Three years and thousands of dollars of student loans into the theatre degree at SUU, I was sick of school. I was also confused. I thought I'd be married. I was raised to be married...NOT to be a college graduate....what would I do with that? So I put school on hold and served a mission. I also felt that I owed my Heavenly Father my service because I had been...let's be nice and say...exploratory...and naturally, when you come to some darkness, you search for light eventually. I had seen missionaries come back with their feet firmly planted in gospel sod and covered in spiritual armor. I wanted what they had. I also wanted an experience that would turn me inside out every day! And Heavenly Father, did not disappoint! He sent me to the Buddhists, who spoke a language that sounded like popcorn 90% daily humidity. I was called to serve in Hell.

Sister missionaries had terrible reputations in the 80's. You were, er..., you felt like...the leftovers. The girls that failed at their first mission: "find a husband at college." You were what they termed "a special spirit." You wore sensible shoes, prayed entirely too much, cried WAY too much, always got put in charge of the food at Zone Conference, and would ask the Elders for a priesthood blessing (a laying on of hands to heal the sick) over a stubbed toe. It's legendary. Andy should write a blog about this alone. His stories are hilarious!

I have this thing about appearances. I hate being caught taking a nap. It's true. It's also sad. Naps are lost on me. I hate being caught ordering desert and I hate being stereotyped. I set the pace in my world and you better keep up with the chubby chick because she is a language learnin', bike ridin', cockroach killin' fool. That's right. I had one blessing on my mission and that was when I was in the hospital dying (which I found out later was just a kidney stone.) I admit, I did create some kick-ass banana bread out of rice flour and Thai bananas and it was legendary in the mission. I was the MacGiver of translating Thai ingredients into American yummy-ness. I will not apologize for learning how to make beef gravy...without beef. Gravy was a beverage at our house when I was growing up.

I digress.

I had a "National Geographic" kind of mission. I learned a nutsy language. I taught English in a refugee camp. I saw an elephant give birth. I ate things that still had a heartbeat. The Lord protected me and taught me things that I could mever learn sitting in a college classroom. I served to pay a debt...I only ended up in more debt.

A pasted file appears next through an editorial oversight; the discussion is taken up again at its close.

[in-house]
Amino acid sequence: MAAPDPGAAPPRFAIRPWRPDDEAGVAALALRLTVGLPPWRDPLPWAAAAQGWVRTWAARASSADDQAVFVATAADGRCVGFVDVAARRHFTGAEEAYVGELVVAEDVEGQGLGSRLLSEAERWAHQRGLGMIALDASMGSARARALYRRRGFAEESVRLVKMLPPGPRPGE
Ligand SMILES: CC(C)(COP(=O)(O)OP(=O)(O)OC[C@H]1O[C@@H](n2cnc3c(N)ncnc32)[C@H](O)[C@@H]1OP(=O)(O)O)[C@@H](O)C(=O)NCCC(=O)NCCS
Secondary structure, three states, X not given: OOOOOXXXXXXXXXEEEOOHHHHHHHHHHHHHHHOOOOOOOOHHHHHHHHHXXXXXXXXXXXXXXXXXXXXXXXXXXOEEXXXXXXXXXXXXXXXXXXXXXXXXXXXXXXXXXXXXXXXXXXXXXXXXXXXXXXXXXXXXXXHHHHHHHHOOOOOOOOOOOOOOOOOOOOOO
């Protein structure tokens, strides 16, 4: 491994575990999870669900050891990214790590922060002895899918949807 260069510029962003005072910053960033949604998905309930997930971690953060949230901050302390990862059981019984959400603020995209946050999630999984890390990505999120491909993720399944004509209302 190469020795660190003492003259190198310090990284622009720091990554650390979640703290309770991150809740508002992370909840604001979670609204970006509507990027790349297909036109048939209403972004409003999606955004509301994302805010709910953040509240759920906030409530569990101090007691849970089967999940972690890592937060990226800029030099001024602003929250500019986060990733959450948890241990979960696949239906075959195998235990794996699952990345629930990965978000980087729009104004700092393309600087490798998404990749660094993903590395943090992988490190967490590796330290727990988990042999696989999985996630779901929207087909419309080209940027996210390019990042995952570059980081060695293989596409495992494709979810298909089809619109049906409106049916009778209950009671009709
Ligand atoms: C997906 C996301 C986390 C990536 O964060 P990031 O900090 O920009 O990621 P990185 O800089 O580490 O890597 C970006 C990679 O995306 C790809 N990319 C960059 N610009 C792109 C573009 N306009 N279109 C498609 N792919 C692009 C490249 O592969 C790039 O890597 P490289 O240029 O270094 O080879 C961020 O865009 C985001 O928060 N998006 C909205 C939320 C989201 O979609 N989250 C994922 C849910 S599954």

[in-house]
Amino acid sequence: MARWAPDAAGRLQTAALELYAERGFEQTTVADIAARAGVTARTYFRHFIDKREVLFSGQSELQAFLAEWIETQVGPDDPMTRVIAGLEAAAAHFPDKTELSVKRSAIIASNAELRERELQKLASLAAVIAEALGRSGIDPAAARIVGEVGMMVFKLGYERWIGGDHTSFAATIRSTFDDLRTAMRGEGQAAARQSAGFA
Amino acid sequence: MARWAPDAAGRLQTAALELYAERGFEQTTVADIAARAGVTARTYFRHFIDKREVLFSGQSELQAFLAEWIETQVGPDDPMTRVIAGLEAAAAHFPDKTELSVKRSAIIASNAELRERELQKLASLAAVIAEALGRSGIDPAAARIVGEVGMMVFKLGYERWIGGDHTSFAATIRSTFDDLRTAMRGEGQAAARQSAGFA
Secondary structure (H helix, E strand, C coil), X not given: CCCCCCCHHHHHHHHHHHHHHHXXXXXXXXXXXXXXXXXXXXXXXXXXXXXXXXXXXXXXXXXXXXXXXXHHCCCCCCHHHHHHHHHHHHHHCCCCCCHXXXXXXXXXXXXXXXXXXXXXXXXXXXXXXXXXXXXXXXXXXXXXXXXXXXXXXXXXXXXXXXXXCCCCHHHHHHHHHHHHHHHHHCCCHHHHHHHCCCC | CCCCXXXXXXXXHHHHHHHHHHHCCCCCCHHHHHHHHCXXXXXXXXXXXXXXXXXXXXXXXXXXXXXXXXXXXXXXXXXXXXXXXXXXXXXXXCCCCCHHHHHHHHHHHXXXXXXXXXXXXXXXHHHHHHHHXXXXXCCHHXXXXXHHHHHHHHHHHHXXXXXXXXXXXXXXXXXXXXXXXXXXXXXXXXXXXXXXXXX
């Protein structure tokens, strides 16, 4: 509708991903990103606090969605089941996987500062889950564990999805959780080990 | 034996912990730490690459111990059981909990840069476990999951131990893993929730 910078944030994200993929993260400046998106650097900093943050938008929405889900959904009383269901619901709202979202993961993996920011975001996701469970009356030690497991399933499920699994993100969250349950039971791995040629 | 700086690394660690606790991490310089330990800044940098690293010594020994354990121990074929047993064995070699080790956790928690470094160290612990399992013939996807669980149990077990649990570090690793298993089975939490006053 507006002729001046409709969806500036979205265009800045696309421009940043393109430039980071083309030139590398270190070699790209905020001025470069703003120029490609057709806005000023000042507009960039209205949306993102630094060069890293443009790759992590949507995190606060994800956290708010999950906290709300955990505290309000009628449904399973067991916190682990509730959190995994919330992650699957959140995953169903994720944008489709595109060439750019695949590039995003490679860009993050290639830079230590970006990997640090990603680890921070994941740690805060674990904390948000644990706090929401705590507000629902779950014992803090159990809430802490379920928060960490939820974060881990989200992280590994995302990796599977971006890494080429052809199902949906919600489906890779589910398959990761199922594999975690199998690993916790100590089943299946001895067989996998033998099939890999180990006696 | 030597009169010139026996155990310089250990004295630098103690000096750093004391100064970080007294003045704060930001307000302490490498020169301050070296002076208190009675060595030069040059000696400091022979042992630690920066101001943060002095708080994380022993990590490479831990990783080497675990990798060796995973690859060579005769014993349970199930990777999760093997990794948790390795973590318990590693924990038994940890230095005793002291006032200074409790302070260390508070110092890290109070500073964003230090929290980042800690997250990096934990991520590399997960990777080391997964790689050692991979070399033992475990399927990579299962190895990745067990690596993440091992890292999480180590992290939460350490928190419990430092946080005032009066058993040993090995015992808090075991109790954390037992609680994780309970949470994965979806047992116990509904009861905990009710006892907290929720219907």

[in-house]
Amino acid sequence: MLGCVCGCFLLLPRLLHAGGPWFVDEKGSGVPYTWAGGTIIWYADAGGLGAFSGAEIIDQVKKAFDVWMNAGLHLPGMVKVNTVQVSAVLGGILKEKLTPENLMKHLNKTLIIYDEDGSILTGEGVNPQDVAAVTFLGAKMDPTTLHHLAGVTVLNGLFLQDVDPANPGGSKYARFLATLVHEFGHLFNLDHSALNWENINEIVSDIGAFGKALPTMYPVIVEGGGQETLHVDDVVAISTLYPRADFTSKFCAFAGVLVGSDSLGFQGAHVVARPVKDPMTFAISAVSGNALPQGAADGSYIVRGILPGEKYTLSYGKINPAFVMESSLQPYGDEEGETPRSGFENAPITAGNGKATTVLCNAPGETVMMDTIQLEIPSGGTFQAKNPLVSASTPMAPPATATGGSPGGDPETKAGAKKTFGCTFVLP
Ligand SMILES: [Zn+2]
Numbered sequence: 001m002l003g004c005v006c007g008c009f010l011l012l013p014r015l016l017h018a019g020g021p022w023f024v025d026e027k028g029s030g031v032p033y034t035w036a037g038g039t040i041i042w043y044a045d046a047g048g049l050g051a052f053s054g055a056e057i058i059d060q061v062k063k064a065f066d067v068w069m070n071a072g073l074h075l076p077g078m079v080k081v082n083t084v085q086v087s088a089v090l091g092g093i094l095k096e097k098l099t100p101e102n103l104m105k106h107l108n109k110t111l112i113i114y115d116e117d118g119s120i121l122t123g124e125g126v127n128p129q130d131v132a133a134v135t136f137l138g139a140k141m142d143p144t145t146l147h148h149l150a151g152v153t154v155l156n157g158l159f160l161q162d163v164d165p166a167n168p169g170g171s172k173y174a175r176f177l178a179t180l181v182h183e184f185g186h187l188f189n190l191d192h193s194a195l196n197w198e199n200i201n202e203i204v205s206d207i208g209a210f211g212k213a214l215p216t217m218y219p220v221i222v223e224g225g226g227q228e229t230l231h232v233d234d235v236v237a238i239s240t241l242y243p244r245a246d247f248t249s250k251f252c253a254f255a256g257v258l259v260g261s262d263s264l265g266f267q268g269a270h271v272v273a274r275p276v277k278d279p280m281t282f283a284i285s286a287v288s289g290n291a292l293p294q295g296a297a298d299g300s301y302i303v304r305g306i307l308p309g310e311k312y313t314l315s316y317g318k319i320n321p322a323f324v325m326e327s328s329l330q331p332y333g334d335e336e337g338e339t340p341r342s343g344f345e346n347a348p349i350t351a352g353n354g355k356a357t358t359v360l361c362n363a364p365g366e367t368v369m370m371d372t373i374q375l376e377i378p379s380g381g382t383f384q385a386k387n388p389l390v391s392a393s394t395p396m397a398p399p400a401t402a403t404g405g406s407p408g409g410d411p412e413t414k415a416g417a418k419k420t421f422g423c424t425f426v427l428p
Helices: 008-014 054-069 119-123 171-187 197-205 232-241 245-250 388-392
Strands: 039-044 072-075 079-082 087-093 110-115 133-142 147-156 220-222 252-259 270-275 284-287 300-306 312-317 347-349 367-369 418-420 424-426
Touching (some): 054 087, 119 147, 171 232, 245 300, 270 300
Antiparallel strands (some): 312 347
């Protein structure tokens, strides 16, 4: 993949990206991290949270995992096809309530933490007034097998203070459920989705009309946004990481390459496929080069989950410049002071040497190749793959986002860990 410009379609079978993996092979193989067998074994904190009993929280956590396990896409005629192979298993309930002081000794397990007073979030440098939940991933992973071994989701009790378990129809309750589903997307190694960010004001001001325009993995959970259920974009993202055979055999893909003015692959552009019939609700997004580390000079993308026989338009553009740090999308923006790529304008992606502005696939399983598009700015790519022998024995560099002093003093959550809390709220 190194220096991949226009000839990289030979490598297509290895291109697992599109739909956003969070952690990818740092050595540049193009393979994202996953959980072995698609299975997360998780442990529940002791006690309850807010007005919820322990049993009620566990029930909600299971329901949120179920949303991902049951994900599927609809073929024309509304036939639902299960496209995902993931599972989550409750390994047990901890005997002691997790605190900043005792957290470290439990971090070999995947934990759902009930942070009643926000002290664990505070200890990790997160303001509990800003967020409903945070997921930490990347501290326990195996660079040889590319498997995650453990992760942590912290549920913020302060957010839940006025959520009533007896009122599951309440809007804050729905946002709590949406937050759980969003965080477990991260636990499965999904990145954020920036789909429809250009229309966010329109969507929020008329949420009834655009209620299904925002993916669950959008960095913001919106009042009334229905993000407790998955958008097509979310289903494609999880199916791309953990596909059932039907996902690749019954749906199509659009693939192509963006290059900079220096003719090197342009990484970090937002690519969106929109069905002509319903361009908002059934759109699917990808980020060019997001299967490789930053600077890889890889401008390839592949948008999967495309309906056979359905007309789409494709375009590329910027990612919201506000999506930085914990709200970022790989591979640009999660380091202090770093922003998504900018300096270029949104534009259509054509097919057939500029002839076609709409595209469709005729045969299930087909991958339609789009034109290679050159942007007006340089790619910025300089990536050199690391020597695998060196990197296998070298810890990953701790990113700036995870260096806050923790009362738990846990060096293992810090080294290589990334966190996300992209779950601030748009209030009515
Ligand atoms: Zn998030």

Secretly, I also looked at a mission as an opportunity to find my future mate in one of the Elders that I served with. I think most sisters do. They were super smart (they had to be) and had great survival skills, including a powerful sense of humor (it was required in Hell.) I thought it would be fun to be married to someone that spoke my language so that we could talk about our children in front of them in Thai. How romantic. ?!?! What?!?! Whatever. The important thing was by the end of my mission my wedding colors had changed to hot pink and light green. Fer shur.

I got back. I didn't marry anyone from my mission. I served a year as student body president of the university just for kicks and giggles, I finished a degree. I taught in Japan for a year, because I could. I started earning a living because I had to, etc... I was (embarrassingly) O.N. M.Y. O.W.N. I had failed my real mission. Because despite our modern sensibility, Mormons believe that the grand ordinance that will express your full commitment to God is to be sealed (married) to a companion...forever. And that little task alluded me for another 18 years. In fact, when I was on my mission, my future husband was in Third Grade. Need modern? Wrap your mind around that!

And that is what God gave me to work with... a complete education, a mind-blowing mission experience, love for mankind, leadership opportunities, world travel, confidence in independence, and total TRUST in Him, imagine that! Because down the path....W.A.Y. down the path....he knew what was being prepared and that I would need ultimate trust in Him when it was put in front of me. In addition to blessings that I can not comprehend, He gave me someone that was also sugar-popping to a Broadway pit band and you know the rest. Turns out God was just buying me some time!